If you're security minded, you might keep your important paper documents in a safe-deposit box at your local bank. If those documents are digital, you can keep them in a virtual safe-deposit box so that they're not only secure, but also available from anywhere.
Wells Fargo Bank will soon offer its retail banking customers a personal online safe-deposit box that it calls "a natural extension" of the company's 156-year security legacy.
The Wells Fargo vSafe service is the first online solution offered by a financial services company, according to Katherine McGee, senior vice president of Wells Fargo's Internet Services Group.
Like other online storage solutions, vSafe offers accessibility from any computer with an Internet connection. Documents, PDFs, spreadsheets, and even media files can be stored. McGee told us that the bank did extensive research with its consumer and small-business customers and honed the product to match their needs. The offering is integrated with the Wells Fargo Online Banking service so that customers can have account statements automatically added each month
"It's secure online storage with an easy-to-use interface built for customers based on their needs," she said. The company offers a set of boilerplate folders to help customers get started quickly; there's also an option to create unique folders and subfolders. McGee said that online forms simplify the procedure of consolidating data from a plethora of sticky notes into one safe place (such as a PDF document). Users can add folders and upload files from any computer.
Security a Priority
With sensitive documents being uploaded and stored, security is naturally a priority to customers. According to McGee, vSafe "offers secure storage, and it's available through the Wells Fargo online banking session, so we leverage all the security we use for online banking," as well as additional measures that encrypt information as it crosses the Internet and while it's stored. An RSA SecurID token that adds a layer of authentication is an available option for a one-time fee of $25.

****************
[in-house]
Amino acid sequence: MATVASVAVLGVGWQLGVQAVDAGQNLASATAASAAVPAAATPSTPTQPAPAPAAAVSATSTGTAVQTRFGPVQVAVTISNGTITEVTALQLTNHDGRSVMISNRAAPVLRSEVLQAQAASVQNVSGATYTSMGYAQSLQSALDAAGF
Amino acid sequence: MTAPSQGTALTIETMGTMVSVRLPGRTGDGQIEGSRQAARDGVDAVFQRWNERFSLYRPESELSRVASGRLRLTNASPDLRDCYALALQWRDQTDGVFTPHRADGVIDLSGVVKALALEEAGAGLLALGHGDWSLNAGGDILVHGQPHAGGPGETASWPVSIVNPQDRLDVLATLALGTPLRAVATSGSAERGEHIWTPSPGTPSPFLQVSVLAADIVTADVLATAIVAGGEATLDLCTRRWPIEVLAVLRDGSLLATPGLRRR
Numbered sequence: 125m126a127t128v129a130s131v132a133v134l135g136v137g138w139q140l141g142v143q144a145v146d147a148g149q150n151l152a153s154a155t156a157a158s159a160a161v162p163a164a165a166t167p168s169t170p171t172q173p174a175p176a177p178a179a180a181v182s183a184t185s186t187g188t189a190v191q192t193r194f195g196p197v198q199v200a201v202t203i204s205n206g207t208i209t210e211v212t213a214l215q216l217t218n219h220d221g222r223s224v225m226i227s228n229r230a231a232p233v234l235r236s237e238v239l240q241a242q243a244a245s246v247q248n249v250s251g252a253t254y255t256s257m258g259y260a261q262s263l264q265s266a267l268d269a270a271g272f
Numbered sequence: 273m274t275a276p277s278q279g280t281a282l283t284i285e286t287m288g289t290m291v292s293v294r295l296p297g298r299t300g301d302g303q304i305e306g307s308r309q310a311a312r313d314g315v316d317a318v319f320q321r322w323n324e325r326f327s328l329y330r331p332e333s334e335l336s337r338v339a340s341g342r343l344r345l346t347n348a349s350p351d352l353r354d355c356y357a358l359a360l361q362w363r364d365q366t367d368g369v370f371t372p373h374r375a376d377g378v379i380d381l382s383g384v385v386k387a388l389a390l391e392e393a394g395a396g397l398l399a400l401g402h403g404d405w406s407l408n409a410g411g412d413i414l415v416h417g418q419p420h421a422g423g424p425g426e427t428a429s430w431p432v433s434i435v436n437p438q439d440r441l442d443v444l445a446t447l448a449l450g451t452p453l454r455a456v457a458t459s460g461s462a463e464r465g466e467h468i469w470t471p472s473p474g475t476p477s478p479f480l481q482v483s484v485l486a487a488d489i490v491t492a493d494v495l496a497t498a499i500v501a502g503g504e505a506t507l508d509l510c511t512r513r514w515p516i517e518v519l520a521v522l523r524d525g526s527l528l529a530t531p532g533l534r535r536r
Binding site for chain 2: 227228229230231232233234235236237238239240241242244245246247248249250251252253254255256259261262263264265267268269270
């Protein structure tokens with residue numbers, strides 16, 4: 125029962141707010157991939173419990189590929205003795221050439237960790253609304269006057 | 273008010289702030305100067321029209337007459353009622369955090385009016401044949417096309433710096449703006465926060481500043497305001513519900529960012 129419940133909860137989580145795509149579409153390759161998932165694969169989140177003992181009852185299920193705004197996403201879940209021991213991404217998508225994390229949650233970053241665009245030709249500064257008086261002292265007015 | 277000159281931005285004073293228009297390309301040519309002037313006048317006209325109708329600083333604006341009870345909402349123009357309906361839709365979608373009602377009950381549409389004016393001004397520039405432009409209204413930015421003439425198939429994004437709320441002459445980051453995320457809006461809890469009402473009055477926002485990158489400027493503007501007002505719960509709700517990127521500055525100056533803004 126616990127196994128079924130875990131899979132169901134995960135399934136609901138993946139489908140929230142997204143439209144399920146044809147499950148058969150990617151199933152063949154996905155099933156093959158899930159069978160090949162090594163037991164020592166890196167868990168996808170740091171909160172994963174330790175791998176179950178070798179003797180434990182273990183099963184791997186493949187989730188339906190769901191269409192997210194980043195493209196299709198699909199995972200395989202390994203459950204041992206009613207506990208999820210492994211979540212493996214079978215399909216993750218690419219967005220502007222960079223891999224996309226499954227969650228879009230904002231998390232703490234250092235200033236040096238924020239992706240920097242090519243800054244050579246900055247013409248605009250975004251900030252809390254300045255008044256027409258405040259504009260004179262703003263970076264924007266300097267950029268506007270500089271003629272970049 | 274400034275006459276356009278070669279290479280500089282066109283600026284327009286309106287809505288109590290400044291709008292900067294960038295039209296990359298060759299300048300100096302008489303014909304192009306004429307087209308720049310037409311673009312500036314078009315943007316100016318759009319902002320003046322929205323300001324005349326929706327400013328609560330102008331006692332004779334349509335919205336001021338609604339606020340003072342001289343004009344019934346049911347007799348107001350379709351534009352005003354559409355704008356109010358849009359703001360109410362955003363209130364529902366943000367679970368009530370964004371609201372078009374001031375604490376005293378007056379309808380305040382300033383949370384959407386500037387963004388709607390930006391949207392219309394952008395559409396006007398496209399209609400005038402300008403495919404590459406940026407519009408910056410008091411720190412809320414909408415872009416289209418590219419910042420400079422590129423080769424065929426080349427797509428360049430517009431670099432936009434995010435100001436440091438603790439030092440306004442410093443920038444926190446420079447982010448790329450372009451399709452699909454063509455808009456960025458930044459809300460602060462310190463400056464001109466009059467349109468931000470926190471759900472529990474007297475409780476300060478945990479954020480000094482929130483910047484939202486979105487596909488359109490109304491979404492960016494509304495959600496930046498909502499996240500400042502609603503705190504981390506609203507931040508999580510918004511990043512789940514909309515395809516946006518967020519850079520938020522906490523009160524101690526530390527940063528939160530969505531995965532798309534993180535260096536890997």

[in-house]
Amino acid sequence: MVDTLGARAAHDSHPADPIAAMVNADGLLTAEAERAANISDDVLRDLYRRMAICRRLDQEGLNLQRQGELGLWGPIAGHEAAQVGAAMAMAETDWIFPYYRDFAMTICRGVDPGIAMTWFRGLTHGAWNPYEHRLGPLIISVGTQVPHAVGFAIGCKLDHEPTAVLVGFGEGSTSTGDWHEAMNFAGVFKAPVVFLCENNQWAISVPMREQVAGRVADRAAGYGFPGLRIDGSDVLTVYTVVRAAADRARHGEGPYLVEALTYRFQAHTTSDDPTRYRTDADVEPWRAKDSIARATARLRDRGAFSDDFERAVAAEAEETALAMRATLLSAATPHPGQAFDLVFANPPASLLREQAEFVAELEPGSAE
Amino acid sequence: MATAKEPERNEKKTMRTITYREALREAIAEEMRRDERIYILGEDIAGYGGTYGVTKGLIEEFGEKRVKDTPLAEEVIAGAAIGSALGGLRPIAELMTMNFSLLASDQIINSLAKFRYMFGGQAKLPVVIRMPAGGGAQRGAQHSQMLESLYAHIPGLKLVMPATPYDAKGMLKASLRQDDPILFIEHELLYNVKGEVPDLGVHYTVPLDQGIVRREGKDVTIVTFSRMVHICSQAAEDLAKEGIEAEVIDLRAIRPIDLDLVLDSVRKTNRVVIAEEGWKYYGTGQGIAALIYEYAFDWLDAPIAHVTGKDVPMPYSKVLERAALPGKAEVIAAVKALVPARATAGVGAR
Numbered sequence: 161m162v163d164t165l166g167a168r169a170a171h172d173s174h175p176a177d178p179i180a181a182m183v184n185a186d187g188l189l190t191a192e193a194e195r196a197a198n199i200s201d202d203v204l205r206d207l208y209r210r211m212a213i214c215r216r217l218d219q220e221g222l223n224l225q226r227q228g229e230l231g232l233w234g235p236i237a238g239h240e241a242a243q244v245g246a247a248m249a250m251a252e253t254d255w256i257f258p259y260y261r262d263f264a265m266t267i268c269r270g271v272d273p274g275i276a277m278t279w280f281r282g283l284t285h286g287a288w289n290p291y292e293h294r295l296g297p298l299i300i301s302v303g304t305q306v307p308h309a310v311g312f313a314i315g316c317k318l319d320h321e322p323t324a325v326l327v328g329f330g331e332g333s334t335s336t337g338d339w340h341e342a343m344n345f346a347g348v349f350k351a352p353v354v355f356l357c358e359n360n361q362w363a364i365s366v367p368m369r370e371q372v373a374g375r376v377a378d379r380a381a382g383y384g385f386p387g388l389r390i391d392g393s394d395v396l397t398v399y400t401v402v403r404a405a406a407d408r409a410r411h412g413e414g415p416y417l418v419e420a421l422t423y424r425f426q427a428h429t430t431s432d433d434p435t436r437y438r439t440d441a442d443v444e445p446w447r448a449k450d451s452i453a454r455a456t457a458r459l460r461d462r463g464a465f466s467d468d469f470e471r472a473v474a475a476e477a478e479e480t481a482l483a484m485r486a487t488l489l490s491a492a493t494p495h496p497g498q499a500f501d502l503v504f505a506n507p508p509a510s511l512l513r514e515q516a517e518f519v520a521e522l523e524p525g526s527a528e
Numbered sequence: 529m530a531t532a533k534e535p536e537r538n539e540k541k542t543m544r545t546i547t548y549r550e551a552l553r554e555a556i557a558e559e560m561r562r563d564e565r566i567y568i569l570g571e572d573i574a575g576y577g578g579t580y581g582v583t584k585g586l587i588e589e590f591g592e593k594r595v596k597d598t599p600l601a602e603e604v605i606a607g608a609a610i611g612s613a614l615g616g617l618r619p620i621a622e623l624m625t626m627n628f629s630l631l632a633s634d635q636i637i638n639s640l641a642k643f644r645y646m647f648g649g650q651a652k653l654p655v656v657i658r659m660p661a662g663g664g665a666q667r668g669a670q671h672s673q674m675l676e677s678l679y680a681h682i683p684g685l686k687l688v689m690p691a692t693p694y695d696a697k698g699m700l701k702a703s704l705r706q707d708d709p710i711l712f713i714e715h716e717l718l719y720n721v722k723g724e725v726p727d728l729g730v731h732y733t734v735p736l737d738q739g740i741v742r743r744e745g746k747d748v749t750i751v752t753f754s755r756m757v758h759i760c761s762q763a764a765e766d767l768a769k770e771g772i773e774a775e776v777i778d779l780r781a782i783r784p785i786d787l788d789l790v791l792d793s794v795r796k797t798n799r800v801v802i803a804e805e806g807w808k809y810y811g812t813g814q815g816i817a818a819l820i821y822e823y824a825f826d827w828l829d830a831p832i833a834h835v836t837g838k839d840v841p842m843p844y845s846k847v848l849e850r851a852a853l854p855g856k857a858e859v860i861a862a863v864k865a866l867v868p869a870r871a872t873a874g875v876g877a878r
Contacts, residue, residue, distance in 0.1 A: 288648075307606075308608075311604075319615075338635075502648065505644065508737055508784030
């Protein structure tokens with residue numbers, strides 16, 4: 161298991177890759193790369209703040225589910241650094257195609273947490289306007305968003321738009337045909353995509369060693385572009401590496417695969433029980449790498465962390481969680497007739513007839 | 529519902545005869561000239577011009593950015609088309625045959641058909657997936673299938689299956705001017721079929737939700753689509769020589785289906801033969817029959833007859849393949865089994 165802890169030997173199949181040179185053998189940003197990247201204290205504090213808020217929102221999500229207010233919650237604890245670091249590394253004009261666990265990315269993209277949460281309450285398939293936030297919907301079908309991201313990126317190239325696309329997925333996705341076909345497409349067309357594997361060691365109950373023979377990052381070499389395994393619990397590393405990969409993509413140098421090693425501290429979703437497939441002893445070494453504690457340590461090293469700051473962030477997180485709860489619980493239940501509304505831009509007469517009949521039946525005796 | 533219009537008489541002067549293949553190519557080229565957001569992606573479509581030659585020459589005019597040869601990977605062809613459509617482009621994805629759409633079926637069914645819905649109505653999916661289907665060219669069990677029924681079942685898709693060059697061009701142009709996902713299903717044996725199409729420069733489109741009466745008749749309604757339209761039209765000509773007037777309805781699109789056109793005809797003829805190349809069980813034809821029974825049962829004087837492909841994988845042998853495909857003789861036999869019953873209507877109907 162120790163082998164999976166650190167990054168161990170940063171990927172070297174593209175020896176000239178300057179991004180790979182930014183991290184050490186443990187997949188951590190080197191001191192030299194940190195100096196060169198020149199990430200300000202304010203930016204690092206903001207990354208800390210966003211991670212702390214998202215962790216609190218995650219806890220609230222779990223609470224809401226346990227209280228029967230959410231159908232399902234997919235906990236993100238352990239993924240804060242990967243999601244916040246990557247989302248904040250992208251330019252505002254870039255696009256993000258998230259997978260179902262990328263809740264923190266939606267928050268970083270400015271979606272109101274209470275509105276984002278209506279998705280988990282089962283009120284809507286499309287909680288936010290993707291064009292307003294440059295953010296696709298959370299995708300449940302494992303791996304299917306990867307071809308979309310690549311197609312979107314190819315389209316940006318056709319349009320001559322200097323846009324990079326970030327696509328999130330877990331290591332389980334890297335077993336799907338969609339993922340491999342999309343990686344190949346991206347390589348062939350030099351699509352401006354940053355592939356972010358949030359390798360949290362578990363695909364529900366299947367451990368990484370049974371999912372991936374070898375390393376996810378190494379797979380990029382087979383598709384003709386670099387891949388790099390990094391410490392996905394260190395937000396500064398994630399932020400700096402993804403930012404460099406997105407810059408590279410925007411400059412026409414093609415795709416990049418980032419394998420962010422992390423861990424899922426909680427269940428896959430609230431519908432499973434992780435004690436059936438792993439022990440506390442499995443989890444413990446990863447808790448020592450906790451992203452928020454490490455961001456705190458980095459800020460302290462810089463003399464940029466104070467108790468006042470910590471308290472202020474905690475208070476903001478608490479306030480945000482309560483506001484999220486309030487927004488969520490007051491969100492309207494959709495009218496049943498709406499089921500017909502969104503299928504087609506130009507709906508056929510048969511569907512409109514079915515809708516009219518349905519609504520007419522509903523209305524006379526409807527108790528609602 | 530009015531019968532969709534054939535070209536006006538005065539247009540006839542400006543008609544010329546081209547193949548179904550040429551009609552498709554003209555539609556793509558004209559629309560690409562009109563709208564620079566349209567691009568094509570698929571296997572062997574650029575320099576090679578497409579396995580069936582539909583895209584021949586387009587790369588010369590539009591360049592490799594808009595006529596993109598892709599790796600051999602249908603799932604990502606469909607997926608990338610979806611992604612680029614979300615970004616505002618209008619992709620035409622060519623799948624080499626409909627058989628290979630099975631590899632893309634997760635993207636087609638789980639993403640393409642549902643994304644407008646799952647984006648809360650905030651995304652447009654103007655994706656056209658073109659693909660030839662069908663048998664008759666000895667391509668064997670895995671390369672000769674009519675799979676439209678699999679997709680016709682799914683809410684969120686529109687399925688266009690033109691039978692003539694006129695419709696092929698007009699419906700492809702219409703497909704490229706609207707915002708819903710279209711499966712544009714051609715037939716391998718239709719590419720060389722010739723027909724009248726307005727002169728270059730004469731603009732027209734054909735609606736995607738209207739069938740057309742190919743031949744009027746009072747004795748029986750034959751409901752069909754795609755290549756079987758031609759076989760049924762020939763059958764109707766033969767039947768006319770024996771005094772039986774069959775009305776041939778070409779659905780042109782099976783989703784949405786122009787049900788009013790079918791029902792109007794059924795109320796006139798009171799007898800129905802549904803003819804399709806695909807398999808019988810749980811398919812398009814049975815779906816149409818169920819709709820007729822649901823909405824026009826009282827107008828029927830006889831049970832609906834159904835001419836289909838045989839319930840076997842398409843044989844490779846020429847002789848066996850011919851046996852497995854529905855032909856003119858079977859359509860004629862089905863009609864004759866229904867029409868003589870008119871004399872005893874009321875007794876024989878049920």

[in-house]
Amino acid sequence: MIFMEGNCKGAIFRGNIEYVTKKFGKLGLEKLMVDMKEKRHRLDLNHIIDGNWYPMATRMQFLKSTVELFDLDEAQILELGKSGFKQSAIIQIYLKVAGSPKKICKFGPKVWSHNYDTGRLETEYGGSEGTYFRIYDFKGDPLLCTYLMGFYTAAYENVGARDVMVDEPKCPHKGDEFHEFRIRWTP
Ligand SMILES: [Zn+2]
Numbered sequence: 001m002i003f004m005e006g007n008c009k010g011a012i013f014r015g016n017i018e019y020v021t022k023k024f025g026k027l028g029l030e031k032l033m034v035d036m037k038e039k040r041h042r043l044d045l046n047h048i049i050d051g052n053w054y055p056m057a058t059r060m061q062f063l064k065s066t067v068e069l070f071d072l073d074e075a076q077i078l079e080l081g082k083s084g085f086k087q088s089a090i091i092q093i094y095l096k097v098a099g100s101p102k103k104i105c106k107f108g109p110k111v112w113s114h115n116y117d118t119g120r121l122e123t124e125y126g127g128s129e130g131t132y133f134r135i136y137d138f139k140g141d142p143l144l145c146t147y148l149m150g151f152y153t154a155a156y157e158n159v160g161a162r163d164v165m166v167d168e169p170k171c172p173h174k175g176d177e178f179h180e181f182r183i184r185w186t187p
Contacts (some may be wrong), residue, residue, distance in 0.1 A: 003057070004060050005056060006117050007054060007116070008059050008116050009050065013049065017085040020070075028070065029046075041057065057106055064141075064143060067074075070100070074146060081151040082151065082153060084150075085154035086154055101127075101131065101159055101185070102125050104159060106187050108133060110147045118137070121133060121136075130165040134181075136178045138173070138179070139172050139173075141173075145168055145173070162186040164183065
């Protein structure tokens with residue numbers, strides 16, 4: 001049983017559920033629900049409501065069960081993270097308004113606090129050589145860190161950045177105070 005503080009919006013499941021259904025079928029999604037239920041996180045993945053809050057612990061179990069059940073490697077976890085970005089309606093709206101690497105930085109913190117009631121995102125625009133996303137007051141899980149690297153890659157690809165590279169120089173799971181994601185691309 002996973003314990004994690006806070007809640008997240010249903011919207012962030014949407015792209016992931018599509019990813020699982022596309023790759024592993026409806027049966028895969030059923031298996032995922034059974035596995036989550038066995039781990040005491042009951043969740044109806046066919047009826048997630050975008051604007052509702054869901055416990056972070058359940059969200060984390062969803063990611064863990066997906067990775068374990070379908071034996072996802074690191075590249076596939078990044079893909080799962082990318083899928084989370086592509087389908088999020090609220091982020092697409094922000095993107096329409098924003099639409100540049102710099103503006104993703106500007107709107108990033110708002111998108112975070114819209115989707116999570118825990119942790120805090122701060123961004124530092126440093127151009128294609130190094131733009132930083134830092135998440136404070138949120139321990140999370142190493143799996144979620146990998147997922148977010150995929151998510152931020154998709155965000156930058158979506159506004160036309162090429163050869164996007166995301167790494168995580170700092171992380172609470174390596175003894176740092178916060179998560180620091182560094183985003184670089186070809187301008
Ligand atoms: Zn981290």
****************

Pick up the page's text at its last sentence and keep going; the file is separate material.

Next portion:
Help will be available via a toll-free service number as well as through online help systems. Customer service representatives will not be able to see any stored customer information even as they assist customers, McGee said.
The Price of Convenience
McGee says there will be different plans available, depending on the amount of storage required. For $4.95 per month, you can buy 1 gigabyte of storage -- the equivalent of about 10,000 documents, she said. For 3 gigabytes customers will pay $9.95 a month, and $14.95 will buy you 6 gigabytes.
The vSafe service will be rolled out this summer and should be available to all customers by the end of this year.
While the offering may fare well with existing Wells Fargo customers, it will compete with some well-established -- and cheaper -- services such as Mozy, which offers 2 gigabytes for free and charges $4.95 a month for unlimited storage, as well as 's SkyDrive, which offers 5 gigabytes for free.